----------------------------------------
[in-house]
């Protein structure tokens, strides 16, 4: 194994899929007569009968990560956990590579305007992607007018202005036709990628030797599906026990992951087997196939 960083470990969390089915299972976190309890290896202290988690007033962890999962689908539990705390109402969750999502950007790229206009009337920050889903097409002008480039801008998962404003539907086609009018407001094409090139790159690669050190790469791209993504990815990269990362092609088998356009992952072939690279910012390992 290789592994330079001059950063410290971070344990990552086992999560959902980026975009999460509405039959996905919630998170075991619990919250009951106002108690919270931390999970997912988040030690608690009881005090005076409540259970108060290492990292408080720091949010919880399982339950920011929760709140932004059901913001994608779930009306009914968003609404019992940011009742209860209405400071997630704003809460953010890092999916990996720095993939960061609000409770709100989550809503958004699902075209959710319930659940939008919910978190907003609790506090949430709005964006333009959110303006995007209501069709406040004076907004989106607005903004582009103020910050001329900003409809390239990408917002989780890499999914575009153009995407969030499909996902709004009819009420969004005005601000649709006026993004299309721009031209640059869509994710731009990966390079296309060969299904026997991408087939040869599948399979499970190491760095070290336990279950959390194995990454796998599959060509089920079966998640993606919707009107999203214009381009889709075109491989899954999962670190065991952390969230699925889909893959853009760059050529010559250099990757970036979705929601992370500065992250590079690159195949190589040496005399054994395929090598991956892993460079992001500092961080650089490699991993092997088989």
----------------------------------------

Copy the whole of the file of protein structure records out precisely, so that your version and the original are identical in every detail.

[in-house]
């Protein structure tokens, strides 16, 4: 194994899929007569009968990560956990590579305007992607007018202005036709990628030797599906026990992951087997196939 960083470990969390089915299972976190309890290896202290988690007033962890999962689908539990705390109402969750999502950007790229206009009337920050889903097409002008480039801008998962404003539907086609009018407001094409090139790159690669050190790469791209993504990815990269990362092609088998356009992952072939690279910012390992 290789592994330079001059950063410290971070344990990552086992999560959902980026975009999460509405039959996905919630998170075991619990919250009951106002108690919270931390999970997912988040030690608690009881005090005076409540259970108060290492990292408080720091949010919880399982339950920011929760709140932004059901913001994608779930009306009914968003609404019992940011009742209860209405400071997630704003809460953010890092999916990996720095993939960061609000409770709100989550809503958004699902075209959710319930659940939008919910978190907003609790506090949430709005964006333009959110303006995007209501069709406040004076907004989106607005903004582009103020910050001329900003409809390239990408917002989780890499999914575009153009995407969030499909996902709004009819009420969004005005601000649709006026993004299309721009031209640059869509994710731009990966390079296309060969299904026997991408087939040869599948399979499970190491760095070290336990279950959390194995990454796998599959060509089920079966998640993606919707009107999203214009381009889709075109491989899954999962670190065991952390969230699925889909893959853009760059050529010559250099990757970036979705929601992370500065992250590079690159195949190589040496005399054994395929090598991956892993460079992001500092961080650089490699991993092997088989």